Can I fly with marijuana?

Emily Gray Brosious

May 19, 2017


Disclaimer: This article contains information about cannabis, which is illegal under federal law as well as under state laws in some states. This article is intended to be for educational purposes only.


(Photo by Scott Olson/Getty Images)

Does TSA look for marijuana?


Now that cannabis is legal for adult recreational use in eight states and medical use in 29 states, people are wondering if they can fly with the drug.

The short answer is no. It is still illegal to transport marijuana across state lines, and the drug remains illegal for all purposes at the federal level. The Transportation Security Administration (TSA) website plainly states that marijuana may not be placed in carry-on or checked baggage.

That said, the TSA does not look for marijuana when travellers pass through security lines.

According to the TSA website:

“TSA security officers do not search for marijuana or other drugs. In the event a substance that appears to be marijuana is observed during security screening, TSA will refer the matter to a law enforcement officer.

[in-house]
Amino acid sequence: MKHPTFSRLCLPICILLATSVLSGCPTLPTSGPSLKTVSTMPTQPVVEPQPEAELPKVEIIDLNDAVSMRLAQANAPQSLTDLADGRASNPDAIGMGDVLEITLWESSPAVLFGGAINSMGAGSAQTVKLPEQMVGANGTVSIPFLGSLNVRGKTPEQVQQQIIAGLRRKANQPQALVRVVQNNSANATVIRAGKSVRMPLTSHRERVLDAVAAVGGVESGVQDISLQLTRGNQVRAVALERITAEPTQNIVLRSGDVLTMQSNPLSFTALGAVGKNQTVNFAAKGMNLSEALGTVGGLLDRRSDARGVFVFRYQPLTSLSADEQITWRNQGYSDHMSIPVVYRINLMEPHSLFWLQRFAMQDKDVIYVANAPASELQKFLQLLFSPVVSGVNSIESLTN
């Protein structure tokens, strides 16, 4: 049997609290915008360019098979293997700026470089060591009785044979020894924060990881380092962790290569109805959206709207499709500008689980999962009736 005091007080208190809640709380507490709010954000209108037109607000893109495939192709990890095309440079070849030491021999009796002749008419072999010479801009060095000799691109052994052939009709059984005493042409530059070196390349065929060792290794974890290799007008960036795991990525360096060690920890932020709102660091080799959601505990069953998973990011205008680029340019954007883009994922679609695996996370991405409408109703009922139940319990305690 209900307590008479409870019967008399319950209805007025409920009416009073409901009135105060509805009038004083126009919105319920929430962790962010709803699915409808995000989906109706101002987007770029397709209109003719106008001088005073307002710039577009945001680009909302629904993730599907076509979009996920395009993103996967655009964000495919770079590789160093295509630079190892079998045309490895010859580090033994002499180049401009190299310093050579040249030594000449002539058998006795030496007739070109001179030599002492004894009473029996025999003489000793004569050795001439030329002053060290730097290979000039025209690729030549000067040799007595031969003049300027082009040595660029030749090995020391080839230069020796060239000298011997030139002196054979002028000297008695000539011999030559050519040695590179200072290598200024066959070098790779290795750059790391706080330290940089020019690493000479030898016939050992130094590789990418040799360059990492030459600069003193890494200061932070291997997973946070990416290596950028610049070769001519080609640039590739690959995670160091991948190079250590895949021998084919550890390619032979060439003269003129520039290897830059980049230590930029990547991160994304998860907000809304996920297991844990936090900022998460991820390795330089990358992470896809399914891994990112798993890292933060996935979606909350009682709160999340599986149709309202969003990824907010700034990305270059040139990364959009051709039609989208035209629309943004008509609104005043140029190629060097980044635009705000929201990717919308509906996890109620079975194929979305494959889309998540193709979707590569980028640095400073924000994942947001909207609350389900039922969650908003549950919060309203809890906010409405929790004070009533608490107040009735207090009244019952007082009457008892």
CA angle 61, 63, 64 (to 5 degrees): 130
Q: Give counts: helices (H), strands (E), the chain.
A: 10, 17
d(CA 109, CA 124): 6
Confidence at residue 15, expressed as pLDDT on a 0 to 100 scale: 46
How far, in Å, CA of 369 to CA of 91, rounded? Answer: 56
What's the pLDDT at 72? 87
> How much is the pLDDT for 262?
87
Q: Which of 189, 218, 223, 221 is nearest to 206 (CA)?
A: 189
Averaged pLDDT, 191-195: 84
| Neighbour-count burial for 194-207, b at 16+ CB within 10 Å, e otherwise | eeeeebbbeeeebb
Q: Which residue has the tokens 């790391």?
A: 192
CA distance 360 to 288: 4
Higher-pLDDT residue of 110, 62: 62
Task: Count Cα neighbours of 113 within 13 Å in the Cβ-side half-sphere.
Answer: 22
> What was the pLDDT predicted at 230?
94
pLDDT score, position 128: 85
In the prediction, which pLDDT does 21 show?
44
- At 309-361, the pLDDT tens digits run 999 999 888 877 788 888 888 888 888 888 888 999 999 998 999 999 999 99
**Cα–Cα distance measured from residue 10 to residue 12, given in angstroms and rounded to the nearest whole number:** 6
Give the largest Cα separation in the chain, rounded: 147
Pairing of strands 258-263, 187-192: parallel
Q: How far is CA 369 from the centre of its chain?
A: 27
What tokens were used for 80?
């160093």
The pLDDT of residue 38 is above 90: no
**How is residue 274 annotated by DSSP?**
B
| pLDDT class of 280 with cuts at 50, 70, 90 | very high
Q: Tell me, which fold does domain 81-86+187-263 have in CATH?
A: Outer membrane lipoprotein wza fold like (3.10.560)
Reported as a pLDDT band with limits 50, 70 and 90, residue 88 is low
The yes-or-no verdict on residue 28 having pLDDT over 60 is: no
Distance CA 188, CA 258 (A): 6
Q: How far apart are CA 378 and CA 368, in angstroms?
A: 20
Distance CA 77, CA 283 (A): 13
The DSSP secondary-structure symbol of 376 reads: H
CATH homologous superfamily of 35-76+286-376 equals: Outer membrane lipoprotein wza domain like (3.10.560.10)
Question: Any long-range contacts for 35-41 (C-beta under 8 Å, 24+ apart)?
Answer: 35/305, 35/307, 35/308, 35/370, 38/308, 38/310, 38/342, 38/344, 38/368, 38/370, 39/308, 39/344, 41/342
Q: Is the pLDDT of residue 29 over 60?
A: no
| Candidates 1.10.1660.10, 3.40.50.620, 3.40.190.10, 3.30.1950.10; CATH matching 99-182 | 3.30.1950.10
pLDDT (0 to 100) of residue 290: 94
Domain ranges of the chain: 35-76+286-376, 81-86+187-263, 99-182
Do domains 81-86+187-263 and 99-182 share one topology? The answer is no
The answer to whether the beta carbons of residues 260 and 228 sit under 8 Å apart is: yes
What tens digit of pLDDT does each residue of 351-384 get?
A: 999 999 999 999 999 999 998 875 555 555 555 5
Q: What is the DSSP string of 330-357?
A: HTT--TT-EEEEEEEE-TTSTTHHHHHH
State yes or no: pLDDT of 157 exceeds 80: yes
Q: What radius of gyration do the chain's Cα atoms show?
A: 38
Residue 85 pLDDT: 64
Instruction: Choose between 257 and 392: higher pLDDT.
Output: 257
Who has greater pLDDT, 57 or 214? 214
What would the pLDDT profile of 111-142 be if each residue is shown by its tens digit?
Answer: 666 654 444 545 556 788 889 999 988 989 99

“Whether or not marijuana is considered legal under local law is not relevant to TSA screening because TSA is governed by federal law. Federal law provides no basis to treat medical marijuana any differently than non-medical marijuana.”

“TSA says very clearly on their website that security officers do not search for marijuana or other drugs. That’s not their job, right? They’re looking for safety. They’re not DEA, they’re TSA,” Joel Milton, chief executive at Baker, a Denver-based software company that works with cannabis dispensaries, told The Cannabist. “That said, obviously cannabis is still federally illegal, so you have to be careful. And you certainly don’t want to flaunt it or rub it in their face.”

In 2015, 54 million passengers passed through the Denver International Airport, and just 29 people were stopped for marijuana possession, an airport spokesman told The New York Times.

Since it’s legal for adults 21 and older to carry up to one ounce of dried cannabis flower in Colorado, local police just ask travelers to dispose of cannabis if they’re caught with it at the Denver International Airport. Of the 29 passengers found carrying marijuana at the airport in 2015, none were arrested and no tickets were issued.

The airport did not keep a record of passengers stopped with marijuana in 2016.

“The bottom line is, it’s not an issue,” airport spokesman Heath Montgomery told The New York Times.

Passengers caught with marijuana at airports in states where the drug is still illegal for all use will likely face harsher legal consequences, however. The TSA refers these matters to local law enforcement, so local cannabis laws will dictate the outcome.


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